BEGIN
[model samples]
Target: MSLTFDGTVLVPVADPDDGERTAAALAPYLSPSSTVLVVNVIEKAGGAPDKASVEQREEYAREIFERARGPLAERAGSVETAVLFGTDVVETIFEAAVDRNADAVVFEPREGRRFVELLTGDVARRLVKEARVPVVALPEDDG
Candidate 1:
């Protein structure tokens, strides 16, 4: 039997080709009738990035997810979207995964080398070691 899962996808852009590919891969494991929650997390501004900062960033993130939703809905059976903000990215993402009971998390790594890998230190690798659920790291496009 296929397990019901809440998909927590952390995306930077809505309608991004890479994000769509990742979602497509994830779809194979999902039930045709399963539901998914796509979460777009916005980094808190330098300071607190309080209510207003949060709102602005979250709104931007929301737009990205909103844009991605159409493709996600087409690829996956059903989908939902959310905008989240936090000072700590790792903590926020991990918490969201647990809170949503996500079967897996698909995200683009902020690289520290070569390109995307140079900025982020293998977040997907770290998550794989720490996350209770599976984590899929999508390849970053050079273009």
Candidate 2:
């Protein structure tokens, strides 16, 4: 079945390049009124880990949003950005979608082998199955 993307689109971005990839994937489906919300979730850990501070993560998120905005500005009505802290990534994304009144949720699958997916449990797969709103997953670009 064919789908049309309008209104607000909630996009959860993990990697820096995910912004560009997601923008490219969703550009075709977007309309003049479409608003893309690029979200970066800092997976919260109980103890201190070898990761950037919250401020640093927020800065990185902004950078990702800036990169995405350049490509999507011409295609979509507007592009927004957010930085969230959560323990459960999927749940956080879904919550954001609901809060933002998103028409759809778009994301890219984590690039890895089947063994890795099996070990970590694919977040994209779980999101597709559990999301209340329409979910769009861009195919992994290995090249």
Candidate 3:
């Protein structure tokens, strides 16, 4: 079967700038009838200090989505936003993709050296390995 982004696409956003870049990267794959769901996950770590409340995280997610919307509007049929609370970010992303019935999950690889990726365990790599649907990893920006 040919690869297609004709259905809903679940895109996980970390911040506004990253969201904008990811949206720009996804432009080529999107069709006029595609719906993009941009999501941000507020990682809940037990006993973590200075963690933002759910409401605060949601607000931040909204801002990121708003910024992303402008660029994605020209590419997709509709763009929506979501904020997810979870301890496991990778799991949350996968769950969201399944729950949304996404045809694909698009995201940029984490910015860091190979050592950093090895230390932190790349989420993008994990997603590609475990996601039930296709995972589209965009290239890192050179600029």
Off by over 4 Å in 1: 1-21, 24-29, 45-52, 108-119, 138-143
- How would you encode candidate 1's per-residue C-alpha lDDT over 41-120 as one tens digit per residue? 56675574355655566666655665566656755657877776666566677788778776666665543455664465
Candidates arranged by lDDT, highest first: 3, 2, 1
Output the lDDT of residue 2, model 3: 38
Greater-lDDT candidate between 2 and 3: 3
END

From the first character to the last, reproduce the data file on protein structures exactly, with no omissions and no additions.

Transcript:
[model samples]
Target: MSLTFDGTVLVPVADPDDGERTAAALAPYLSPSSTVLVVNVIEKAGGAPDKASVEQREEYAREIFERARGPLAERAGSVETAVLFGTDVVETIFEAAVDRNADAVVFEPREGRRFVELLTGDVARRLVKEARVPVVALPEDDG
Candidate 1:
């Protein structure tokens, strides 16, 4: 039997080709009738990035997810979207995964080398070691 899962996808852009590919891969494991929650997390501004900062960033993130939703809905059976903000990215993402009971998390790594890998230190690798659920790291496009 296929397990019901809440998909927590952390995306930077809505309608991004890479994000769509990742979602497509994830779809194979999902039930045709399963539901998914796509979460777009916005980094808190330098300071607190309080209510207003949060709102602005979250709104931007929301737009990205909103844009991605159409493709996600087409690829996956059903989908939902959310905008989240936090000072700590790792903590926020991990918490969201647990809170949503996500079967897996698909995200683009902020690289520290070569390109995307140079900025982020293998977040997907770290998550794989720490996350209770599976984590899929999508390849970053050079273009």
Candidate 2:
């Protein structure tokens, strides 16, 4: 079945390049009124880990949003950005979608082998199955 993307689109971005990839994937489906919300979730850990501070993560998120905005500005009505802290990534994304009144949720699958997916449990797969709103997953670009 064919789908049309309008209104607000909630996009959860993990990697820096995910912004560009997601923008490219969703550009075709977007309309003049479409608003893309690029979200970066800092997976919260109980103890201190070898990761950037919250401020640093927020800065990185902004950078990702800036990169995405350049490509999507011409295609979509507007592009927004957010930085969230959560323990459960999927749940956080879904919550954001609901809060933002998103028409759809778009994301890219984590690039890895089947063994890795099996070990970590694919977040994209779980999101597709559990999301209340329409979910769009861009195919992994290995090249």
Candidate 3:
């Protein structure tokens, strides 16, 4: 079967700038009838200090989505936003993709050296390995 982004696409956003870049990267794959769901996950770590409340995280997610919307509007049929609370970010992303019935999950690889990726365990790599649907990893920006 040919690869297609004709259905809903679940895109996980970390911040506004990253969201904008990811949206720009996804432009080529999107069709006029595609719906993009941009999501941000507020990682809940037990006993973590200075963690933002759910409401605060949601607000931040909204801002990121708003910024992303402008660029994605020209590419997709509709763009929506979501904020997810979870301890496991990778799991949350996968769950969201399944729950949304996404045809694909698009995201940029984490910015860091190979050592950093090895230390932190790349989420993008994990997603590609475990996601039930296709995972589209965009290239890192050179600029």
Off by over 4 Å in 1: 1-21, 24-29, 45-52, 108-119, 138-143
- How would you encode candidate 1's per-residue C-alpha lDDT over 41-120 as one tens digit per residue? 56675574355655566666655665566656755657877776666566677788778776666665543455664465
Candidates arranged by lDDT, highest first: 3, 2, 1
Output the lDDT of residue 2, model 3: 38
Greater-lDDT candidate between 2 and 3: 3